Yaupon Psyllid – Gyropsylla ilicis
Yaupon Psyllid (Gyropsylla ilicis)
Latin Name: Gyropsylla ilicis
Common Name: Yaupon Psyllid
- The adult insect looks like a little cicada (3/16 inch).
- Galls formed by aphid-like immature stages emerge on fresh, terminal growth as folded leaves.
- There are immature yaupon psyllid nymphs and a pile of waxy filaments inside.
- On yaupon, this is the only gall-producing psyllid. However, different psyllid species induce galls to grow on the leaves of other plants species.
The single known host plant for the yaupon psyllid, the only psyllid is known to generate galls on the plant, are Ilex vomitoria.
Territory: Gyropsylla files may be found throughout much of the southeast United States, where it probably lives.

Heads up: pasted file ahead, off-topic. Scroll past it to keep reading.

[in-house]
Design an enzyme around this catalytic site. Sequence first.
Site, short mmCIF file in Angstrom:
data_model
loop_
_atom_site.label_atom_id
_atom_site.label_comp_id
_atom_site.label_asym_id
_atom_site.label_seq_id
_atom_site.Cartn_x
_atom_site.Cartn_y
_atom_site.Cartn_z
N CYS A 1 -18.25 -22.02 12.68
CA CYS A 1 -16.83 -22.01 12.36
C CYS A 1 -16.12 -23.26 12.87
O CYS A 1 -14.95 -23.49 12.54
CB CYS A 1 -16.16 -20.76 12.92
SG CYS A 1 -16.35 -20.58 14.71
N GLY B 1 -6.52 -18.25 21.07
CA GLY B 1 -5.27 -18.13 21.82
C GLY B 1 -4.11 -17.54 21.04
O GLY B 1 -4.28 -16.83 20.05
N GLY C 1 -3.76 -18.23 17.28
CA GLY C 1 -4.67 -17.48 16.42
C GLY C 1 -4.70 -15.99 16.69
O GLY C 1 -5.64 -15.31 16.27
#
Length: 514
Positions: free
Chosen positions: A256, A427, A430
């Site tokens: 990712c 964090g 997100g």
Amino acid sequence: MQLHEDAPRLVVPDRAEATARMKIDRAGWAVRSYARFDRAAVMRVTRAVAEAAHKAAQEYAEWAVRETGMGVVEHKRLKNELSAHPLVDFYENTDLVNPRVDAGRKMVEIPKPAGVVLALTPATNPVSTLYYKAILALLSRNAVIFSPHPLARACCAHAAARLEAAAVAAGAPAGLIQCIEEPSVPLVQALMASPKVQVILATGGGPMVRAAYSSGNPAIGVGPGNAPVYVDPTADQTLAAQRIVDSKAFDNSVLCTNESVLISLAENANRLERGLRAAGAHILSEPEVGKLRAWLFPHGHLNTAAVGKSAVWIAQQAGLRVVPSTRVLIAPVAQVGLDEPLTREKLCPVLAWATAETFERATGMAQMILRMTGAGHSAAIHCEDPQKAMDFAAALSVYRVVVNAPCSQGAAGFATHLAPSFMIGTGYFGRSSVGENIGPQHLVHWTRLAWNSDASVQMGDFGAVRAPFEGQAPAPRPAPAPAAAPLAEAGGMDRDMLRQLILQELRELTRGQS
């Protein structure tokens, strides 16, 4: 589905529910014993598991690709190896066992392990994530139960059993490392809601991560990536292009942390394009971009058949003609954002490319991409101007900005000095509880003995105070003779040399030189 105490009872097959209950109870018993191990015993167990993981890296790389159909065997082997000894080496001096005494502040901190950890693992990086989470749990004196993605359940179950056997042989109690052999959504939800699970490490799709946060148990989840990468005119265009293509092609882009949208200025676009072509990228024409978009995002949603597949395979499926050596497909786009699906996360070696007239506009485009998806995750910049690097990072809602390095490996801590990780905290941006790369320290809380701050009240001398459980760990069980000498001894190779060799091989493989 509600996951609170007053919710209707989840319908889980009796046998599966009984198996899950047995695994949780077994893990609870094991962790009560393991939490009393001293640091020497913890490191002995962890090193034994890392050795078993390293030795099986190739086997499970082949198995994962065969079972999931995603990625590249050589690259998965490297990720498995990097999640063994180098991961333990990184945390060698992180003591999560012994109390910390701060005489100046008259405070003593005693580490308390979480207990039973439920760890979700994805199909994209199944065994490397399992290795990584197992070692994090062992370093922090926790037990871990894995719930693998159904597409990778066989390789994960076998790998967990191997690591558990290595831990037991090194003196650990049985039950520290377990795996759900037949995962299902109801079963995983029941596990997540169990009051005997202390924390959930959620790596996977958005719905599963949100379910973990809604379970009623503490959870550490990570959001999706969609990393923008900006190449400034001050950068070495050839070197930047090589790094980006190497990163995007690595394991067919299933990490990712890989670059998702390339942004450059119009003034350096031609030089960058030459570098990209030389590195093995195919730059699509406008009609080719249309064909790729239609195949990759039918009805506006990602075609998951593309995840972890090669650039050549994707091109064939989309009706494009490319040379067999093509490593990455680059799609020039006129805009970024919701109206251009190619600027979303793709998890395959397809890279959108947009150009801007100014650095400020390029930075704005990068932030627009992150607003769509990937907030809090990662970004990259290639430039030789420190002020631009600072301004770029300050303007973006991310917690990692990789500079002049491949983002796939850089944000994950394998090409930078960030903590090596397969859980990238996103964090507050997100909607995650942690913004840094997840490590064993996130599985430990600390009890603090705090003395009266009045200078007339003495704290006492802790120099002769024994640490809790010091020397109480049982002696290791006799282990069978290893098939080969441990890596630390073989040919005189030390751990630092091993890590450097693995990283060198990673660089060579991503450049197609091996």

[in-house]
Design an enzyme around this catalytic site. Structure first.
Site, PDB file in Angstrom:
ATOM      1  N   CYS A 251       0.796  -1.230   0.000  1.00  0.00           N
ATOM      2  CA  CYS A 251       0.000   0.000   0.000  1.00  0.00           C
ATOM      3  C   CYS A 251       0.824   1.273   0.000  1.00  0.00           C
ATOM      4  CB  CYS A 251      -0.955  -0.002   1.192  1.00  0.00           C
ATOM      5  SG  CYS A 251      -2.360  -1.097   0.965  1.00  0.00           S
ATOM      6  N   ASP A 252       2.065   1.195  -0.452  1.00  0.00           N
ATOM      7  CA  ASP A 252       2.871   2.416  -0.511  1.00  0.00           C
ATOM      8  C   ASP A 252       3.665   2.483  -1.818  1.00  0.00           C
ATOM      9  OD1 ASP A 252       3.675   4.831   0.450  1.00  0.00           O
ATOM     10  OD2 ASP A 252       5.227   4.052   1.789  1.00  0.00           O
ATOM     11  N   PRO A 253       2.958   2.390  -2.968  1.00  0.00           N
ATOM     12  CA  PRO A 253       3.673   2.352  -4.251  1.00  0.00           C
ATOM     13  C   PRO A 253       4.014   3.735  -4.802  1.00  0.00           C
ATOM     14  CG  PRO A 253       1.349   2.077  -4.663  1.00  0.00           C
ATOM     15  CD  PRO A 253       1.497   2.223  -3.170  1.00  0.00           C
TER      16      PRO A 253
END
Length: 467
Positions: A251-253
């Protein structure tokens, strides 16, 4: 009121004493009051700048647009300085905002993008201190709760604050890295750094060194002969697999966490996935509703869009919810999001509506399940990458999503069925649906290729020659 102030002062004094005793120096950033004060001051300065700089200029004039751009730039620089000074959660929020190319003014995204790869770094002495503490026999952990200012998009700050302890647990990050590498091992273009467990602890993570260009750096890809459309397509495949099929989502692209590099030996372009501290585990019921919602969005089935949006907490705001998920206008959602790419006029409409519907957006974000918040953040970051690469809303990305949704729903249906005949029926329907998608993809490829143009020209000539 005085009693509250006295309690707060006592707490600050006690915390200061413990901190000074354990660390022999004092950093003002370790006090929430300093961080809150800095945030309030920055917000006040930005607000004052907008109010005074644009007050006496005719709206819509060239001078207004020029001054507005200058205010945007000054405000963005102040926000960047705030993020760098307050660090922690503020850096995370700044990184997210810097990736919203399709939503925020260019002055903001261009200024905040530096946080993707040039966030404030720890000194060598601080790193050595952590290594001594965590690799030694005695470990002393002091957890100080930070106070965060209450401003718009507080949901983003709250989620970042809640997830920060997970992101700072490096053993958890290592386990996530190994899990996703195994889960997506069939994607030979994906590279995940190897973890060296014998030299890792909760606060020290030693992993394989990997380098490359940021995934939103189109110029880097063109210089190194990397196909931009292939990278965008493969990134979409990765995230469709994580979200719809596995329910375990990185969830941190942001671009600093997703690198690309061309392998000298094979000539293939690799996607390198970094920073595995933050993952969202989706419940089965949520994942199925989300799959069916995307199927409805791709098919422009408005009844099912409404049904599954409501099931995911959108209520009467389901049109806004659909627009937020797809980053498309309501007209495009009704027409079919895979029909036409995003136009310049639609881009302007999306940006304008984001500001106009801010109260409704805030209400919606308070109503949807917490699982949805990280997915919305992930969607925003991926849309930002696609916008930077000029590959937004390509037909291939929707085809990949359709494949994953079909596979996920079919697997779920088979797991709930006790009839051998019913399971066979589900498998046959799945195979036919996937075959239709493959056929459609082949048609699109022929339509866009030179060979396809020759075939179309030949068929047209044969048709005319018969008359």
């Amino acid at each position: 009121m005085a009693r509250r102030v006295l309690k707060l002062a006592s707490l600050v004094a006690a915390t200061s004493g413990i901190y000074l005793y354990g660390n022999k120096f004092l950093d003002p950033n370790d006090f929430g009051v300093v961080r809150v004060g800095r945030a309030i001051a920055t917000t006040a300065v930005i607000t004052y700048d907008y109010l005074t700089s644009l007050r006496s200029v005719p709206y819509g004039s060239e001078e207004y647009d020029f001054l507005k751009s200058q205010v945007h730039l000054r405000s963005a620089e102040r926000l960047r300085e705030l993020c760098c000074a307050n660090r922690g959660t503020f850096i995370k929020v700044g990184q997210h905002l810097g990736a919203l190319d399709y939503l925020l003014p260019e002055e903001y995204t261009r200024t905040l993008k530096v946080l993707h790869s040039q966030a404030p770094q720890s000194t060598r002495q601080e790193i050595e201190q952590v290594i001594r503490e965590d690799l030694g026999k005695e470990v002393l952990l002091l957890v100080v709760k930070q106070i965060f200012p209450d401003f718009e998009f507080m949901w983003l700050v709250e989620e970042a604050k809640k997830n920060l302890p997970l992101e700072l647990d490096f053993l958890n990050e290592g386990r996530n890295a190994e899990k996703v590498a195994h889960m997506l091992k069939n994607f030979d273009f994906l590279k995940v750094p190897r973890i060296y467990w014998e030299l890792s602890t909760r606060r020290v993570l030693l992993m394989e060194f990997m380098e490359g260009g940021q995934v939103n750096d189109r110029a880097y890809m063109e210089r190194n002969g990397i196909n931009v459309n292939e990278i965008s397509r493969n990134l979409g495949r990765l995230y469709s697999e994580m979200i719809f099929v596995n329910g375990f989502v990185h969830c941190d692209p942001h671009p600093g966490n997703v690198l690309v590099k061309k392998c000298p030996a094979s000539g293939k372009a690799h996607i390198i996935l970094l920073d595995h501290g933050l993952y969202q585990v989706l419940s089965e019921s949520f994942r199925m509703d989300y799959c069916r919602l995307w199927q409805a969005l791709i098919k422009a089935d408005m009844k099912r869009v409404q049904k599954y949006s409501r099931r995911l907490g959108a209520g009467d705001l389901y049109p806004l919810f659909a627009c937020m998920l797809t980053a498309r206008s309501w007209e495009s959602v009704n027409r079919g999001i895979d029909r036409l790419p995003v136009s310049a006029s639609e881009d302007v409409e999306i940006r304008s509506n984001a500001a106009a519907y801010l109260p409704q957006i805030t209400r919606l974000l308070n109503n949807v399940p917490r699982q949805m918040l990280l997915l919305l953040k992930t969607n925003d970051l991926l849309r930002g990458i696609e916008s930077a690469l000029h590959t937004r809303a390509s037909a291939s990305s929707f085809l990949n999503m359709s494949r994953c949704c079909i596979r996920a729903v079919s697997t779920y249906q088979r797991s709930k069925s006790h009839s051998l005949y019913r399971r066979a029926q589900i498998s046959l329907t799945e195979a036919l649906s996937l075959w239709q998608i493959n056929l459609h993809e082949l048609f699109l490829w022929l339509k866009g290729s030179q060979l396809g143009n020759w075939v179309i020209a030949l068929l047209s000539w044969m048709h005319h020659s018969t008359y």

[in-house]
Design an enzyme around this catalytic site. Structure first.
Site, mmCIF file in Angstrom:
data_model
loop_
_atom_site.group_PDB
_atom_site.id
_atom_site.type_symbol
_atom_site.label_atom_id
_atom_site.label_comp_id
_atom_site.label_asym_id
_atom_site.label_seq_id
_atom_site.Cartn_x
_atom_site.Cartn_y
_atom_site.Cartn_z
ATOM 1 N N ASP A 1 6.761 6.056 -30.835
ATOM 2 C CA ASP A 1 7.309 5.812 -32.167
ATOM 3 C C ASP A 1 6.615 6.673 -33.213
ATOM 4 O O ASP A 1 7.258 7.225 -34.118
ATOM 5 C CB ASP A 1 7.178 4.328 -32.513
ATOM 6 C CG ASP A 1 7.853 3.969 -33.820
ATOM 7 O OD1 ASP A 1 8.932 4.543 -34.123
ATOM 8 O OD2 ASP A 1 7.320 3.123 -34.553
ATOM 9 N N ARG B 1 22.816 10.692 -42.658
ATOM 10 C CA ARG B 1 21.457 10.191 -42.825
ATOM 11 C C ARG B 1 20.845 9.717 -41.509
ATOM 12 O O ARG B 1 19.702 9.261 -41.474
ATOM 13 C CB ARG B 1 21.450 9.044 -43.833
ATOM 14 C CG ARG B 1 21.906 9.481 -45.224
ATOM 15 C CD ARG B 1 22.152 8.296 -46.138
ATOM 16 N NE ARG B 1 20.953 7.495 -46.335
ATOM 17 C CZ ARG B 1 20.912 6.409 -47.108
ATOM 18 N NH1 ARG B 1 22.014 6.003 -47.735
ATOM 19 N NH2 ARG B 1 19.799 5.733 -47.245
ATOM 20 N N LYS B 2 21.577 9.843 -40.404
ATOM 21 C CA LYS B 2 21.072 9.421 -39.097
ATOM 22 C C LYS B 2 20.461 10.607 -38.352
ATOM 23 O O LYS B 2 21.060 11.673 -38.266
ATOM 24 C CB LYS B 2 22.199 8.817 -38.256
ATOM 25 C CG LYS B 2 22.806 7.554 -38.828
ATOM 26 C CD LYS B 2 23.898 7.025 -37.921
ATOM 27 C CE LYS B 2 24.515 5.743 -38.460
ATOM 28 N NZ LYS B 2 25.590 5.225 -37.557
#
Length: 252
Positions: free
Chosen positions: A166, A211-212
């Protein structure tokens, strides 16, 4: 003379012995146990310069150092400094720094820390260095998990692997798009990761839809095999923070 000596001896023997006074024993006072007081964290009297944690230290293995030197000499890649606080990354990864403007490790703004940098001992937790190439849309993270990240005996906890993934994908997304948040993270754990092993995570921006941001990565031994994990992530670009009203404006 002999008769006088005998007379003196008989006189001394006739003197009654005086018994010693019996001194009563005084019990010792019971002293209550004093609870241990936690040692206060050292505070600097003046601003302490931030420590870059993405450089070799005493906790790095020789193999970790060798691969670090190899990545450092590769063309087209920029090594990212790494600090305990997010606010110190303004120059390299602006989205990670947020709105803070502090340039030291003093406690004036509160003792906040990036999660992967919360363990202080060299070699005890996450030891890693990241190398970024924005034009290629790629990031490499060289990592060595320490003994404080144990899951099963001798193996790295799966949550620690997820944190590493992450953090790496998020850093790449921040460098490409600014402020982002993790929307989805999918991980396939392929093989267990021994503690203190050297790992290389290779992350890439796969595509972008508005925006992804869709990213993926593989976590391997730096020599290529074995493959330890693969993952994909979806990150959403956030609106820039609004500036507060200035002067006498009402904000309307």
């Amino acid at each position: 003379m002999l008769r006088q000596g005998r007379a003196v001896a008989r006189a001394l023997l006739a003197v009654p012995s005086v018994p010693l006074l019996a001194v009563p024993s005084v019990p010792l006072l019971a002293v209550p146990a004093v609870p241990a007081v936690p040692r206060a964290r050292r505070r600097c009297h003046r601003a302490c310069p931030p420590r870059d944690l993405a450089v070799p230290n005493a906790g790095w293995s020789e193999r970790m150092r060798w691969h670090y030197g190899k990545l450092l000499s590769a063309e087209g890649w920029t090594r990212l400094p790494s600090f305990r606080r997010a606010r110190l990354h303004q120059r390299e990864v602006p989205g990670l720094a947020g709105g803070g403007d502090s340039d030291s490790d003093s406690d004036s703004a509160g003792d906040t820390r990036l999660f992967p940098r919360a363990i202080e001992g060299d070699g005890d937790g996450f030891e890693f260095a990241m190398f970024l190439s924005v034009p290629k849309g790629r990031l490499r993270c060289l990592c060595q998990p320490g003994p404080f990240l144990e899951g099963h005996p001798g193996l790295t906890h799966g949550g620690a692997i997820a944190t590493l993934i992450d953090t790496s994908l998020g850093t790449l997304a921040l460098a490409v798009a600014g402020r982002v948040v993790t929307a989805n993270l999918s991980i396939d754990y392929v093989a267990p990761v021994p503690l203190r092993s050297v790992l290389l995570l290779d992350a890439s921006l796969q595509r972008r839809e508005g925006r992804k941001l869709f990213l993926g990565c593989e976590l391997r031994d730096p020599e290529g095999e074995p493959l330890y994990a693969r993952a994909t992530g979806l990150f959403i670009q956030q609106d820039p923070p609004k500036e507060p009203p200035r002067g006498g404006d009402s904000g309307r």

Description about Leaf chewers:
Insect chewing damage to plants can take several forms. Foliage or flowers may vanish when certain insects eat them. Occasionally, the plant will appear ragged and, upon closer inspection, will reveal bitten edges or cores. Plants can be cut at the root and topple over, or twigs can be girdled and die as a result. Mining or boring is the process of causing harm to a plant through chewing. Only the upper or lower portions are sometimes destroyed, producing a brown, burned look or skeletonization (openings between the veins).
Life History and Habits:
Adults are most active in late winter and early spring (late February to early March) when the host plants begin to blossom and generate new leaves. On opening leaf buds, females deposit clusters of eggs. In the first stage (instar), Nymphs feed on swelling leaves, causing the leaf to distort by cupping upwards. Clusters of nymphs in damaged leaves go through many phases for around ten months before emerging as adults in November. Every year, there is a new generation.